Re: The Living Word Fellowship, The Walk, John Robert Stevens
Date: December 06, 2022 04:10AM
Reshaping the narrative as needed...
Posted by: Saw enough
Date: November 03, 2015 04:13AM
What Larry Bobo said about a Shiloh pastor being interviewed and saying he could not recall praying for John’s resurrection was an example of LWF authority just reshaping their narratives for their own convenience.
Every civilization develops its narratives – its creation stories, genealogies, stories of battles won and how they came to be. Churches are no different. Martin Luther, Joseph Smith, Mary Baker Eddy, Ron L. Hubbard, the Apostle Paul, Jim Jones -- all claim to have had a unique experience that qualified them to be listened to.
The Walk had its own narrative – none of us were really around during its beginnings, but they involved special prophecies over Robert Stevens, personal appearing of Jesus Christ to him, changing his name to John Robert Stevens, and others. One critic of the Living Word wrote that every time the church was on the verge of a split or crisis, Brother Stevens would have another meeting with the Lord and be able to keep the group going. None of us were there – and we can’t really say for sure if the meetings were real or not.
The big vision of 7 years into the Kingdom came during another time of crisis. John disappeared for an entire day and when he presented the vision to the church later that week he said he’d been so overtaken in the spirit that he had no concept of time or space. The prophets at the Valley church all jumped in with theories of time warps in the spirit, and loud amens to the vision.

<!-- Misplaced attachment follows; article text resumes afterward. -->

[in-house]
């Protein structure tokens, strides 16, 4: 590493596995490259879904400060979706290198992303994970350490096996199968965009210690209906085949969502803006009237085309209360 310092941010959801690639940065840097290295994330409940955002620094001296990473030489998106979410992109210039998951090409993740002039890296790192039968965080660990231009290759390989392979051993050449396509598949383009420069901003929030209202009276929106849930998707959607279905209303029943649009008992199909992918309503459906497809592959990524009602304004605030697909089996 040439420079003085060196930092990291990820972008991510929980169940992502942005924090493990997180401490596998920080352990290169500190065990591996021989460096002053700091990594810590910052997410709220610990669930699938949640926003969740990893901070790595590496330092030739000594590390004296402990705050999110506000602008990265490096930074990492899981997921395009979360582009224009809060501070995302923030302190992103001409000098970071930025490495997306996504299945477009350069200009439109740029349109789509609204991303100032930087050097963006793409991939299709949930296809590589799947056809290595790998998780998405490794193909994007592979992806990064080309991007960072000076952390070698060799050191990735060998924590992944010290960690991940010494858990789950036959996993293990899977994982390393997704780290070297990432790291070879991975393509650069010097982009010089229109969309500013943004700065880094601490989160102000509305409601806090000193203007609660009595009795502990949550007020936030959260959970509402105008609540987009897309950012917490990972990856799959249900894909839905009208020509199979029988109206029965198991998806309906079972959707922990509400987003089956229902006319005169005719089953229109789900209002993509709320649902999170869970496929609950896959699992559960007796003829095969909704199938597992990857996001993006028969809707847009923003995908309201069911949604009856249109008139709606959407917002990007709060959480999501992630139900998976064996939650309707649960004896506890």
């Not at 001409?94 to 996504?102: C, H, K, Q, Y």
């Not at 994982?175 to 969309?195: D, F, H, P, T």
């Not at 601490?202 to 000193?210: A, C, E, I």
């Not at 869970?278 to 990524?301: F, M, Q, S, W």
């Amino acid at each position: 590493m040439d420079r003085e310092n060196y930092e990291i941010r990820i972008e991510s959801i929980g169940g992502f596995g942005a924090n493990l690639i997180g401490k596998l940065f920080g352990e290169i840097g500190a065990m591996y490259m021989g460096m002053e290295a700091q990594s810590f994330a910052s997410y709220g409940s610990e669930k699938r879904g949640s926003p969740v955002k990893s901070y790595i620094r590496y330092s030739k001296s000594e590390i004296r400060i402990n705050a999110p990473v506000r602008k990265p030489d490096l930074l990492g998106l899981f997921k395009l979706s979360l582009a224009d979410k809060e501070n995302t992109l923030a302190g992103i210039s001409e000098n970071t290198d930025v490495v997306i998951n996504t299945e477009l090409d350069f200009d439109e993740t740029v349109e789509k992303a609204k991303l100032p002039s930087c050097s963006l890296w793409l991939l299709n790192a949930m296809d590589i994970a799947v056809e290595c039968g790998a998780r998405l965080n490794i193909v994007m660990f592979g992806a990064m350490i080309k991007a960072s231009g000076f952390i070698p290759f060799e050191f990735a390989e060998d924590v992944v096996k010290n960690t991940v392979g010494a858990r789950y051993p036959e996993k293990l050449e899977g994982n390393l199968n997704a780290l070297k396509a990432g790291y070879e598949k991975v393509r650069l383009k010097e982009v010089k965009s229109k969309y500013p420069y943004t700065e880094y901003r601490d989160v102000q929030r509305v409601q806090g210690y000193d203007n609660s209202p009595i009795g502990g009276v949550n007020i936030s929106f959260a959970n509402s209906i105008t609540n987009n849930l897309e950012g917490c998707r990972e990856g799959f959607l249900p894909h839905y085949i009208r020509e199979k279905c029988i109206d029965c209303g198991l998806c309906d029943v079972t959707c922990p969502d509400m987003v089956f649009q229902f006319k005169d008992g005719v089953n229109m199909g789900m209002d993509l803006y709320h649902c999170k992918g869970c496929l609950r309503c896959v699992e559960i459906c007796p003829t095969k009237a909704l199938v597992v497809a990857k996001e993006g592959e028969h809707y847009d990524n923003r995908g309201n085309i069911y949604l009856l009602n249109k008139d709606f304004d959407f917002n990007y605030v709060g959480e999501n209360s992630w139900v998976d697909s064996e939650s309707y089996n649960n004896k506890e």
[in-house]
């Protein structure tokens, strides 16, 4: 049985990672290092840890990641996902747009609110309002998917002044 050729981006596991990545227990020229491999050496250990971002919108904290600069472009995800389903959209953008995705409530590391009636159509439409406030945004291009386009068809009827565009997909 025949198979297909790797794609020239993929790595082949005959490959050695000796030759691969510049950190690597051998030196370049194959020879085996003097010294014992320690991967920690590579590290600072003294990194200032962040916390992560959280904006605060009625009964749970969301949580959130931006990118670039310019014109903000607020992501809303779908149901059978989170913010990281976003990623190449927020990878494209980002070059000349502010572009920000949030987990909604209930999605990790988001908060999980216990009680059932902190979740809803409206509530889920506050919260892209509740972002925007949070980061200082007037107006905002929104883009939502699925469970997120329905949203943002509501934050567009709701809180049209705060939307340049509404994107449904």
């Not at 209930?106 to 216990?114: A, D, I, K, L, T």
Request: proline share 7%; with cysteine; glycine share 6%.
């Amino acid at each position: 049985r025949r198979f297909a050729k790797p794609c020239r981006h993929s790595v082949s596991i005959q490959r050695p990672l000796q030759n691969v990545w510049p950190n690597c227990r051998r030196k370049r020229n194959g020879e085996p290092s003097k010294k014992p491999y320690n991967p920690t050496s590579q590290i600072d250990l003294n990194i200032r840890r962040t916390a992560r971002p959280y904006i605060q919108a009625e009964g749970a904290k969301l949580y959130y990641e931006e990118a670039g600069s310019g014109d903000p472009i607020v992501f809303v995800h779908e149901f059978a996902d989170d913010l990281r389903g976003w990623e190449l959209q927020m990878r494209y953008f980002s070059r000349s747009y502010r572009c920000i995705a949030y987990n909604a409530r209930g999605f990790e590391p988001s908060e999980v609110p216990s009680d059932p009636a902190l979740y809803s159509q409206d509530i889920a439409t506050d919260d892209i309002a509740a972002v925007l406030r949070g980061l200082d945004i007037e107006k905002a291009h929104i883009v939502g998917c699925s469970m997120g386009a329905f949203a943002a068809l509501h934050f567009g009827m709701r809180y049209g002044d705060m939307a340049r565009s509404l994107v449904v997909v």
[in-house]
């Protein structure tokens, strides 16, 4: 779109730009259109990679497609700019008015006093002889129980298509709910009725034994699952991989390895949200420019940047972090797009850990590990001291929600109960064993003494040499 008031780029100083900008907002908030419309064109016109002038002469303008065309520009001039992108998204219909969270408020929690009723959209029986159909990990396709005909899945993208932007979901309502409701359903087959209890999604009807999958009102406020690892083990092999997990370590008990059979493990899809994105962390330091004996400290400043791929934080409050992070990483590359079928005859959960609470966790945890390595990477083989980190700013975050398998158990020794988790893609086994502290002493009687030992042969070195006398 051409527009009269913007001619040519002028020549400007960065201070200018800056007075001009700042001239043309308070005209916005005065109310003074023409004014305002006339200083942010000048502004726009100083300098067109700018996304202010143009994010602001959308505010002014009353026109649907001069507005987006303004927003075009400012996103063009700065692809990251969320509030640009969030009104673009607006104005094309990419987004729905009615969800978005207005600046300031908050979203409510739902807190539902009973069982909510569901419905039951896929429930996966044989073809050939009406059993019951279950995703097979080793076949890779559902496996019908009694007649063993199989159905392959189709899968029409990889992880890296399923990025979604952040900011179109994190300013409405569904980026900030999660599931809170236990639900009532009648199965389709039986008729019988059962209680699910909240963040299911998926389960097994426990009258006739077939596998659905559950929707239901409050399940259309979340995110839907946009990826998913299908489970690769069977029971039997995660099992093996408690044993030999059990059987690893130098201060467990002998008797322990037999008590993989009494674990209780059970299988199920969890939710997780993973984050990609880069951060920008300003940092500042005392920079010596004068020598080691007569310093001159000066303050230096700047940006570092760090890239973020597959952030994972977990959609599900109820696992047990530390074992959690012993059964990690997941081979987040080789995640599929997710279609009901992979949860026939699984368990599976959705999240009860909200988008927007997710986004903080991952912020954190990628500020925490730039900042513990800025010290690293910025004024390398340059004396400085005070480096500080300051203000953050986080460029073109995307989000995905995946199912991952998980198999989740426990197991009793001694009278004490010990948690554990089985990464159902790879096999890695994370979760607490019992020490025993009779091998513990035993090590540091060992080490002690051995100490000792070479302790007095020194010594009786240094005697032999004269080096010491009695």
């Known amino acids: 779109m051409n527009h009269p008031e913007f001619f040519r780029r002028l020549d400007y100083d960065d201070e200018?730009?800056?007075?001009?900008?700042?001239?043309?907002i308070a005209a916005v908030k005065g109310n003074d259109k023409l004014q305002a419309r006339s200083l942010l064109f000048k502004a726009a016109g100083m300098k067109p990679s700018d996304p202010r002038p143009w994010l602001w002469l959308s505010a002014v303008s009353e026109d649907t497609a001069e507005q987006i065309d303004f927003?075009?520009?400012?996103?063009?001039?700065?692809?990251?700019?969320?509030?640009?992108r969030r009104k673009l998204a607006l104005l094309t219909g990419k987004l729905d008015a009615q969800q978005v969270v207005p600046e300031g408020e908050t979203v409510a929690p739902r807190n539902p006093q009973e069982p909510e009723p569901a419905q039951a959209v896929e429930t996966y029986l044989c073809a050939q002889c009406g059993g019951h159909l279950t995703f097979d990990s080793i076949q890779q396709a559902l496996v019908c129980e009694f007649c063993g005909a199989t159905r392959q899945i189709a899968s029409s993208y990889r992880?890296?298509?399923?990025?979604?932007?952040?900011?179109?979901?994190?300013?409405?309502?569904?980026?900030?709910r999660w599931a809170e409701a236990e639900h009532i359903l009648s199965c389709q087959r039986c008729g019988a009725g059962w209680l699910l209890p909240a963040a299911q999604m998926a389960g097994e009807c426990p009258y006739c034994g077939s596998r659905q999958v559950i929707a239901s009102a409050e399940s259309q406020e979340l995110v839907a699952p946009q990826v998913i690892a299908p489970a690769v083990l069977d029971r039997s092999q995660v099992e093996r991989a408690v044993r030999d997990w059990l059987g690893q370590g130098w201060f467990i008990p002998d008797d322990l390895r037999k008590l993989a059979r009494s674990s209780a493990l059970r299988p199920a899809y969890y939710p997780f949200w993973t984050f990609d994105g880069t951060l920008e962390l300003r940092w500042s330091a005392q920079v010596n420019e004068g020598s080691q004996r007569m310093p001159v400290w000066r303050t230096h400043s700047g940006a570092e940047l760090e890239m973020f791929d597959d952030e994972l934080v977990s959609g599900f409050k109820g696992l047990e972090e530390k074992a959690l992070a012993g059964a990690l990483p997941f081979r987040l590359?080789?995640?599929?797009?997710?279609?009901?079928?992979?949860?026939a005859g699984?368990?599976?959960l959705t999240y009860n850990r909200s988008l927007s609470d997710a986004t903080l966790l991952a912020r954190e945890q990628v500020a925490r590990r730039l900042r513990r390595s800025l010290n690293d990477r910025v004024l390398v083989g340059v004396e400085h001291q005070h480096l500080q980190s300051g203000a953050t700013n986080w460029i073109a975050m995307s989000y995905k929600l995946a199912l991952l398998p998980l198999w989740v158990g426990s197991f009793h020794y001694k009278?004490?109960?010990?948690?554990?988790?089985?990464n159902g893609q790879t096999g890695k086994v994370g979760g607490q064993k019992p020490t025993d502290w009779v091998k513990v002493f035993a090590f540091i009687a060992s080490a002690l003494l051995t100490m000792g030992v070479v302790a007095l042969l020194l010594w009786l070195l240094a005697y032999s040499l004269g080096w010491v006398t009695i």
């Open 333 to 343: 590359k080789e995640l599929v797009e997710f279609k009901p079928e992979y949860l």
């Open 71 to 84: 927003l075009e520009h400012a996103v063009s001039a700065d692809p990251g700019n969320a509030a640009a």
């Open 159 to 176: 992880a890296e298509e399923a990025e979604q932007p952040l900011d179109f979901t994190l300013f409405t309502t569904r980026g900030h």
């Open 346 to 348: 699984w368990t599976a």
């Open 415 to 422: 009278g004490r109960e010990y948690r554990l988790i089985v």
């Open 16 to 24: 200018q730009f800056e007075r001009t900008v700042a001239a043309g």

Many years after John’s death, a group split off from the church and there discussions around the Valley that one of the Blix girls was supposed to have told Marilyn that she was with John that day and that Marilyn was pissed about it but believed it because the story never quite made sense. Of course, John could have still have been with one of the girls and still had that vision into the future, but he could also have just made up the story as a cover for not being able to account for his whereabouts. Most people just accepted the vision on face value and then based their entire lives on it for the next 30 years. If John did not have the vision, it would constitute a huge betrayal to people who trusted him, even if it was only one episode in a long life of service to God. It doesn’t either invalidate everything he did or let him off the hook, but it’s been excluded from the official narrative. If Gary and Marilyn believed the account of the Blix girl, you have to wonder why they continued to reference the vision year after year, all the way into this year, in fact. Or again, perhaps they did believe her but they also thought that God still gave him the vision. They have remained silent on the matter.